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Reminiscences of a Student's Life

Reminiscences of a Student's Life

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By Jane Ellen Harrison

The arch, witty, outspoken memoirs of the pioneering archaeologist and scholar Mary Beard has called “my hero.”

First published by Virginia and Leonard Woolf in 1925, Jane Ellen Harrison’s Reminiscences are the irreverent memoirs of a student who declared Victorian education “ingeniously useless,” who blazed a trail for female scholars, and who changed the way we see the ancient world. Growing up in the Yorkshire countryside, Harrison showed an early aptitude for languages: by the age of seventeen, with the help of a governess, she had learned Greek, Latin, German, and some Hebrew. (“Unfortunately, having no guide, we began with the Psalms, which are hard nuts to crack.”) She went on to become the most influential Classicist of her generation. Drawing on the insights of Nietzsche, Bergson, and Freud, and on archaeological research, she helped to revolutionize the study of Greek myth. “The great Mother,” she wrote, “is prior to male divinities.”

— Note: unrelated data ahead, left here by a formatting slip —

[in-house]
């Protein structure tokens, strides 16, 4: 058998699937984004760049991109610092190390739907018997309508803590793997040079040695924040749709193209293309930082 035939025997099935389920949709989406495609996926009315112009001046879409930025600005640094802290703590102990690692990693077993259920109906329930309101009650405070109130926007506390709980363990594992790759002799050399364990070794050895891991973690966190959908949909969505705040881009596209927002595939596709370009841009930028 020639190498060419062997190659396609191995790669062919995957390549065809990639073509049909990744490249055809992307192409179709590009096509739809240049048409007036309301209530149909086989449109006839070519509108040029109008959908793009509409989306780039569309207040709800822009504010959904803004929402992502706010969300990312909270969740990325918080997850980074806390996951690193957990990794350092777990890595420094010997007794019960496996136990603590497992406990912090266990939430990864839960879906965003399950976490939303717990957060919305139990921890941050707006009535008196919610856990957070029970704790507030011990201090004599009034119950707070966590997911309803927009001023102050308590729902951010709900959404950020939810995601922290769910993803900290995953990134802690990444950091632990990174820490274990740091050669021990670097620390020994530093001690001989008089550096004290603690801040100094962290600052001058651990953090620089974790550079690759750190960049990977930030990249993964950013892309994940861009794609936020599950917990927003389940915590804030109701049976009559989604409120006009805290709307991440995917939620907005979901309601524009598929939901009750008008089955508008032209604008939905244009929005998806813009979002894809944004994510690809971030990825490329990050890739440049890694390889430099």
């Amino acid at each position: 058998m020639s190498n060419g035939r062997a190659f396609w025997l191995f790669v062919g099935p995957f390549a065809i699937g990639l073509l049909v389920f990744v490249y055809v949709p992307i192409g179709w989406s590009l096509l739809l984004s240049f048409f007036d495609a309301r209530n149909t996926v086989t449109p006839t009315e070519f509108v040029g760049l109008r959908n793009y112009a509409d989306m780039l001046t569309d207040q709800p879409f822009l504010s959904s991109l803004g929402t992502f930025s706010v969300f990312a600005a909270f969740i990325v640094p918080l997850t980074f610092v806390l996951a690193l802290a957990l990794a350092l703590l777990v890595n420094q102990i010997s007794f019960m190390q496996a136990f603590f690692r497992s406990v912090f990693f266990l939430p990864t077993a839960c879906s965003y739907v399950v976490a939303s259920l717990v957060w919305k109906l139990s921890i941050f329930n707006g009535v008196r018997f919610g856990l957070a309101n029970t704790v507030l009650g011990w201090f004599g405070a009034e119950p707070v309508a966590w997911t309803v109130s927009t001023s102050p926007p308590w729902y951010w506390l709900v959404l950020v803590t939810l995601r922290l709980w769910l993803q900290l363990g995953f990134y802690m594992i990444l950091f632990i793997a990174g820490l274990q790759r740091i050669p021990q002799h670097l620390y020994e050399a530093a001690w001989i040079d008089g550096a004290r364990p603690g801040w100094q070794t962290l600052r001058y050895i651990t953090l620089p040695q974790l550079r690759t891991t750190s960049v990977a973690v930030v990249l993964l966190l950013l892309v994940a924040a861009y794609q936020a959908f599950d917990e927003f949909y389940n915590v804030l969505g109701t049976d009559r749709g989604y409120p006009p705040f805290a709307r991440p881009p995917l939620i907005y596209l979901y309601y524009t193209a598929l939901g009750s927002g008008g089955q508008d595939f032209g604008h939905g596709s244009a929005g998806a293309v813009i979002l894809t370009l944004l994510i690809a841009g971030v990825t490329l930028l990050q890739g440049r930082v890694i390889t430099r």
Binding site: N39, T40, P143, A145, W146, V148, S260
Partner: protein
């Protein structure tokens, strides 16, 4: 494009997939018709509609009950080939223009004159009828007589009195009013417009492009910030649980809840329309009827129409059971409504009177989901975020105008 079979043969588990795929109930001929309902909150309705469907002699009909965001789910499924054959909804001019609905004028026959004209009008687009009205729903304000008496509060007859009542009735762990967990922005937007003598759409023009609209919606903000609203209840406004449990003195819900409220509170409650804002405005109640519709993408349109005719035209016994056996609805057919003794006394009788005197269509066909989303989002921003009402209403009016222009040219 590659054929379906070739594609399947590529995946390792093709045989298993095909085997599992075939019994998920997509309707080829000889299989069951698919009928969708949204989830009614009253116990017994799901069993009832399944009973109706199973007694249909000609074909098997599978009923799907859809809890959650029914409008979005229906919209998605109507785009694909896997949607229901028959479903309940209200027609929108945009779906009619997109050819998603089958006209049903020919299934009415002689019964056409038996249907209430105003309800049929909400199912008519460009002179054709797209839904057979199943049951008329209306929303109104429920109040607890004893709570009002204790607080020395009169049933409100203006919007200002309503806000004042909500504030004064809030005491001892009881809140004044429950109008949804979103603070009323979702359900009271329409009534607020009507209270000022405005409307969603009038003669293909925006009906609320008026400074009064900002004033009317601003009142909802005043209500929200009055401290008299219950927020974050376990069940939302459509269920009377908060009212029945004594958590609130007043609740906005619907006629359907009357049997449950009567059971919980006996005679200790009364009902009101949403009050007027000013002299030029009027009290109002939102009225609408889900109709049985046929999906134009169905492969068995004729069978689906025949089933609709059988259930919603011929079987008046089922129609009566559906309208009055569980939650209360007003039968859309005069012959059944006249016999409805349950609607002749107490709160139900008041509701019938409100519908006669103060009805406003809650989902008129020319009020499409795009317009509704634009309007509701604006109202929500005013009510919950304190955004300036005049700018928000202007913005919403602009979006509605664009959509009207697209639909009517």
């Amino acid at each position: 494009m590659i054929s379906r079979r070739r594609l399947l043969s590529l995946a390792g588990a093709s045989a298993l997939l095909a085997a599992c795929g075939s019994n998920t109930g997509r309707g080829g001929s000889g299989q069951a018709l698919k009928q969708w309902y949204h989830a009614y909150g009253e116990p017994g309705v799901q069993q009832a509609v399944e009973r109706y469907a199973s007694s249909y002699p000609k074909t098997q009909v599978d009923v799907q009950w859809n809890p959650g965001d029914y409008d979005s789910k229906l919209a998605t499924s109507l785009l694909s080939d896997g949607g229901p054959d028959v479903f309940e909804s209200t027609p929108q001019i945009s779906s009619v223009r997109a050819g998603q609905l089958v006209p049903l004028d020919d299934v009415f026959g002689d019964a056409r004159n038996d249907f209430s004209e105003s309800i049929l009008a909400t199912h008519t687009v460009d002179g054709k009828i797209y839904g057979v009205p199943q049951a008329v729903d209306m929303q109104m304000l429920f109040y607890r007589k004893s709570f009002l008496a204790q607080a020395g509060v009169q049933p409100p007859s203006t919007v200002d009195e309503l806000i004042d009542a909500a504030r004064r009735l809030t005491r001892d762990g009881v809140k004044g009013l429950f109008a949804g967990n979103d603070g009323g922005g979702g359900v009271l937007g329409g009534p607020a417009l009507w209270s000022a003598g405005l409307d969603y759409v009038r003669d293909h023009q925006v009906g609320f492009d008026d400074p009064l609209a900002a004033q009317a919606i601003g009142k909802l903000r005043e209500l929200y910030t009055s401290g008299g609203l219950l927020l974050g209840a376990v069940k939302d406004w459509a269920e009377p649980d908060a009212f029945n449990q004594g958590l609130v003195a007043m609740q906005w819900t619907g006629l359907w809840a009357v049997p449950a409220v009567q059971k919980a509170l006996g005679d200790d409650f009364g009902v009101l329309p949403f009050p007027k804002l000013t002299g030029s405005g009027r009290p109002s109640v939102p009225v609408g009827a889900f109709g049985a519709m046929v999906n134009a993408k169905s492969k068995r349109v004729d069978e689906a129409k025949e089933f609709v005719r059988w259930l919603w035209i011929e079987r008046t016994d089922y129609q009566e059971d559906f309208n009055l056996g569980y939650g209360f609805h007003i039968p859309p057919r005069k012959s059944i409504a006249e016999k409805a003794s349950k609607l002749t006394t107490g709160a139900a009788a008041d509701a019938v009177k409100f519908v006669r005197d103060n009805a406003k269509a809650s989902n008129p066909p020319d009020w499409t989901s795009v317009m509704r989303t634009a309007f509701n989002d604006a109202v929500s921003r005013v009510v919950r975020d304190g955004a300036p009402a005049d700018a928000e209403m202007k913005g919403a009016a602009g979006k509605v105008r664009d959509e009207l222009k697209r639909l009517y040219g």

Unconventional in her private life (“By what miracle I escaped marriage I do not know, for all my life I fell in love”), she spent her later years with the poet and novelist Hope Mirrlees, thirty-seven years her junior. Harrison’s zest for life is everywhere in these pages. Sprightly, amused, and amusing, her Reminiscences form an unforgettable sketch of a woman ahead of her time.

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